Jan 19, 2006

Yes Or No..?

Power tends to corrupt; absolute power corrupts absolutely

An observation that a person’s sense of morality lessens as his or her power increases. The statement was made by Lord Acton, a British historian of the late nineteenth and early twentieth centuries.


Blogger Special Prosecutor Biloxi said...

The answer is yes. "To test a man's character, give him power." Abraham Lincoln

3:37 PM  
Blogger SamuelAlito said...


Does this mean that now that you have the Power of the Grand Jury, you are less moral?

I can't wait for my upcoming power to corrupt me terribly.


3:44 PM  
Anonymous Anonymous said...

Sam, I hope your upcoming confirmation will give you the power to have undo influence over your wife's wardrobe!

4:01 PM  
Anonymous eslye said...

Sam don't belive you mean that...

too many examples of the corrupt abound..

" no fear nor favor" my friend is a better way..

4:04 PM  
Anonymous Anonymous said...

I sincerely hope Judge Alito, if it truly is him, did not mean this seriously. The attitude that he is implying is exactly what the general public is upset about. The people who are in power just cannot seem to admit even the possiblity of mistakes or that anything they decide is wrong. Unfortunately, both sides of the isle spend so much time attacking each other that consequently, nothing is getting done for America. Also, I think his wife should be left out of the debate completely.

5:19 PM  
Anonymous Karl said...

Fitz, you need to move to Canada or France!

5:20 PM  
Blogger Jackie said...

Lord Acton was right but it is always going to happen unless the person controls him/her self. As to Sam's comment well be carefull what you wish for, sometimes it destroys you. Sam your views of rights for women/African Americans are those from the old south. Remember Sam you will be judged by the Highest and you will have to answer those questions or else. Fitz desperate people do desperate things and make mistakes. Look for those mistakes now. You don't have to defend yourself just keep showing us thats what it takes. Like that show me state.

6:12 PM  
Anonymous Anonymous said...

"Moral" is doing that which should be done.

"Prudent" is not doing that which should not be done.

Power does not corrupt. It is indifference to all except power which corrupts.

7:41 PM  
Blogger GrandmaNuk said...

Well, I think you are all pulling our legs. If you are Sam Alito, you have a little lepracaun in you, Italian though you are. The image that I got from the hearings (trust me, not from ANY Senator) was that you are fair, not necessarily totally unbiased. You appear to be an honorable person. Since we have no choice in your confirmation, I am making the assumption that your lifetime appointment allows you freedoms that apparently the rest of us do not have. In your case, power is in this appointment. God go with you! Do not forget those of us who do not have your good fortune!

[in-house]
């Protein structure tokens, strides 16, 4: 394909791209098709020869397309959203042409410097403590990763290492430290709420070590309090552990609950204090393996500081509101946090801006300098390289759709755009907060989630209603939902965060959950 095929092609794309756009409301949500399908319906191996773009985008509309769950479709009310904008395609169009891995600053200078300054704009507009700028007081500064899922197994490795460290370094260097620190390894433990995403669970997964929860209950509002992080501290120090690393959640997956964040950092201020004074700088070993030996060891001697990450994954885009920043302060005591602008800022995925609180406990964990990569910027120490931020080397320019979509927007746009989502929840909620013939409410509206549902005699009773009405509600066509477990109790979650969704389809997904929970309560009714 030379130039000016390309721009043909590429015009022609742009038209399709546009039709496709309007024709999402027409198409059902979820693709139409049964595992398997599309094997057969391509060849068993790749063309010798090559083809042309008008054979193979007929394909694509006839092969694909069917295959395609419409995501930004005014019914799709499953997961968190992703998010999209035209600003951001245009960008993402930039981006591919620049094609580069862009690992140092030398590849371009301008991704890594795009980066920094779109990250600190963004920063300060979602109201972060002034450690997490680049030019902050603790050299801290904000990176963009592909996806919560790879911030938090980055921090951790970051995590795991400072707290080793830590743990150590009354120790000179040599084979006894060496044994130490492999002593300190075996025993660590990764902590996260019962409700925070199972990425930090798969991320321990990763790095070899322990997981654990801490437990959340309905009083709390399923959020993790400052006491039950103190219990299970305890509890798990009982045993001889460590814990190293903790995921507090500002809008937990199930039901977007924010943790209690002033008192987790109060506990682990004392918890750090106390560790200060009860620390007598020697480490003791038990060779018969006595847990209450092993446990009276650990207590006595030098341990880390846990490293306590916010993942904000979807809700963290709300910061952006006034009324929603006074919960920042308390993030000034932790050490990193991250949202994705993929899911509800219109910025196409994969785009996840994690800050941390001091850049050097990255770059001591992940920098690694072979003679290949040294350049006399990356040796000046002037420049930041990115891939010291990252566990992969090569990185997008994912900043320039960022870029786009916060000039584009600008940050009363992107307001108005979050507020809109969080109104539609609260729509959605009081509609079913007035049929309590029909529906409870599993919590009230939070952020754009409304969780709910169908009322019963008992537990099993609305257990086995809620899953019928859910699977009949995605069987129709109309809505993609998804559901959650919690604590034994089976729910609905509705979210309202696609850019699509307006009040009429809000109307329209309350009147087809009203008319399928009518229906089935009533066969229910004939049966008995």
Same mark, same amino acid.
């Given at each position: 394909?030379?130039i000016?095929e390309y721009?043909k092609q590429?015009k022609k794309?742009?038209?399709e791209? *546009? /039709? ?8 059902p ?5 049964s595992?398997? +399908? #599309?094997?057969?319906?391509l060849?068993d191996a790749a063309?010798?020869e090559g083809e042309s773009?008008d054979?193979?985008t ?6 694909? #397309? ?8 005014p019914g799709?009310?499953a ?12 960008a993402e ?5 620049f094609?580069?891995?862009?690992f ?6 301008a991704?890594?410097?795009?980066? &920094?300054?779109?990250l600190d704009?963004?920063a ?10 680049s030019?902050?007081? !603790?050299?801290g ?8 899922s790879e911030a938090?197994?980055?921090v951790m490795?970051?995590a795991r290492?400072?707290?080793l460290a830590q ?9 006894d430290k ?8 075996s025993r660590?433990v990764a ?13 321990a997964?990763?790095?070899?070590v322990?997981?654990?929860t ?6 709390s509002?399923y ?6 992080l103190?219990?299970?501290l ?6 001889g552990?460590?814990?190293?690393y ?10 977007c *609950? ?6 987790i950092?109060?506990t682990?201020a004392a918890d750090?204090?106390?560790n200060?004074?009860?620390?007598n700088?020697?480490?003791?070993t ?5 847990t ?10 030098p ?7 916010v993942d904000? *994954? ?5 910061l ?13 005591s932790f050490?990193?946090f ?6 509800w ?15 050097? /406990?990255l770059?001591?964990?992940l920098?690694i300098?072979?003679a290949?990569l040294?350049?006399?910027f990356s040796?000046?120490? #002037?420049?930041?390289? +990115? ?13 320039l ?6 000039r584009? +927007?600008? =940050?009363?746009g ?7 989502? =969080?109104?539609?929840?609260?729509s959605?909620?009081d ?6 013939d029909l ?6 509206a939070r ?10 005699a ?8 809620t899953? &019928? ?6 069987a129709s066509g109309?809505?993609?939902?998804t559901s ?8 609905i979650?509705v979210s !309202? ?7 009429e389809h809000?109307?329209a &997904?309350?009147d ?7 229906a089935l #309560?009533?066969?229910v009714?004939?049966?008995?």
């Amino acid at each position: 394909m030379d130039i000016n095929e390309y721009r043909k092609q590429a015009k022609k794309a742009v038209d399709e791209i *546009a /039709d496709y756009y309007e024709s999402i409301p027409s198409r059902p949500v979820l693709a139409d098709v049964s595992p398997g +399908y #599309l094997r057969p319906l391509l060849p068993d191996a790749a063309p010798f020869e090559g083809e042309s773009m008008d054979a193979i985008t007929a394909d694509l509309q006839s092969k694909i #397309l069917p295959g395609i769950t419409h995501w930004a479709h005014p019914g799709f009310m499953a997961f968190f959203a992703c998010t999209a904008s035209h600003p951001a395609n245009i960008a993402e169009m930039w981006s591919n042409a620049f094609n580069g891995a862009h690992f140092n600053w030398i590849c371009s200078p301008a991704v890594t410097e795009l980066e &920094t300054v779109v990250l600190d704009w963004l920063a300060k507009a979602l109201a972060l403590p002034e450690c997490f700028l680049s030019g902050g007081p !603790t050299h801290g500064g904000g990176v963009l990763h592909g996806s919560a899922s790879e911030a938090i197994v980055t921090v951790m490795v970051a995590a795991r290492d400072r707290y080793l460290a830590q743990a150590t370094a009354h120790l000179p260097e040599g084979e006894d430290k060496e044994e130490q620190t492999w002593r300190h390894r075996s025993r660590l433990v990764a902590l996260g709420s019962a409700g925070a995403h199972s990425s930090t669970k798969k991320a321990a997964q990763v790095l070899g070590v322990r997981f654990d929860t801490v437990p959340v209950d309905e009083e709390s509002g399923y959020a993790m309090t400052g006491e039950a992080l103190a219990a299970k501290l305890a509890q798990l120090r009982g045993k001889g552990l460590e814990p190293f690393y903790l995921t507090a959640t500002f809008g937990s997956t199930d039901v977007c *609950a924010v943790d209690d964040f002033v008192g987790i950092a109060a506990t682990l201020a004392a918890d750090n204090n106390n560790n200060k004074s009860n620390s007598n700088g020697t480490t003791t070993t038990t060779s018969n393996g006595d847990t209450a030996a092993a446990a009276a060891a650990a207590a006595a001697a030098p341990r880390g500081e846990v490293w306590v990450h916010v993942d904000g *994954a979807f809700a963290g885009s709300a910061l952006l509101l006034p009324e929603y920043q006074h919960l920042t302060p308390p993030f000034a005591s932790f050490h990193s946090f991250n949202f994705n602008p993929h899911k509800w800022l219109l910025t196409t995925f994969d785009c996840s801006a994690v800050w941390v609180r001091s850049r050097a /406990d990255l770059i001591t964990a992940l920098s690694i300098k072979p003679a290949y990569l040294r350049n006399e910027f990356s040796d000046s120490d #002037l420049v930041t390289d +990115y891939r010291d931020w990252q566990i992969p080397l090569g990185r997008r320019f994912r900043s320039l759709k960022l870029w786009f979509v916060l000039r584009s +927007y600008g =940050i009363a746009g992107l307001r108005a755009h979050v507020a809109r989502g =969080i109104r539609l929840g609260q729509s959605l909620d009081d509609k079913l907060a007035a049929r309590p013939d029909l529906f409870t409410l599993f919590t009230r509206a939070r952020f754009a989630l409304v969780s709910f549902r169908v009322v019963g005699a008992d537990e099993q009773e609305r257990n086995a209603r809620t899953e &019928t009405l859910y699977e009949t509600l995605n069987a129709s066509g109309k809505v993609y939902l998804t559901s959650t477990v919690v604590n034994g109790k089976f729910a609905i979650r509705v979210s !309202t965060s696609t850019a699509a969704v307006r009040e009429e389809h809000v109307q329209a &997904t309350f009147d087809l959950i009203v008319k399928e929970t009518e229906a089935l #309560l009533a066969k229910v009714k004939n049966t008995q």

7:44 PM  
Blogger Kristie said...

Something to muse on...

POWER vs. FORCE - The Hidden Determinants of Human Behavior
by David R. Hawkins, M.D., Ph.D.

President Bush and European Union leaders have been urging Iran to abandon its nuclear program. (AP)

All Options on the Table
In an interview with Israeli television, the president says the U.S. is working hard on a diplomatic solution to Iran's nuclear ambitions, but "we've used force in the recent past to secure our country."

Excerpts from the book...

Power accomplishes with ease what force, even with extreme effort, cannot.

Force is seductive because it emanates a certain glamour, whether that glamour is manifested in the guise of false patriotism, prestige, or dominance; conversely, true power is often quite unglamorous.

The weak are attracted to, and will even die for, the glamour of force. How else could something so outrageous as war even occur? Force often seizes the upper hand temporarily, and the weak are attracted by those who seem to have overcome weakness. How else could dictatorship be possible?

One characteristic of force is arrogance; power is characterized by humility. Force is pompous; it has all the answers. Power is unassuming. Stalin, who strutted military autocracy, has gone down in history as an arch-criminal. The humble Mikhail Gorbachev, who wore a plain suite and easily admitted to faults, has been awarded the Nobel Peace Prize.

Many political systems and social movements begin with true power, but as time goes on, they become co-opted by self-seekers and end up relying increasingly on force until they finally fall in disgrace. The history of civilization demonstrates this repeatedly. It's easy to forget that the initial appeal of communism was idealistic humanitarianism, as was that of the union movement in the United States, until it became a refuge of petty politicians.

To fully comprehend the dichotomy we're discussing it's necessary to consider the difference between politicians and statesmen. Politicians, operating out of expediency, rule by force after gaining their position through the force of persuasion - often calibrating at a level less than 200. Statesmen represent true power, ruling by inspiration, teaching by example, and standing for self-evident principle. Statesmen invoke the nobility that resides within all men and unifies them through what can best be termed "the heart." Although the intellect is easily limited, the heart is unlimited; where the intellect is intrigued by the temporary, the heart is only concerned with the permanent.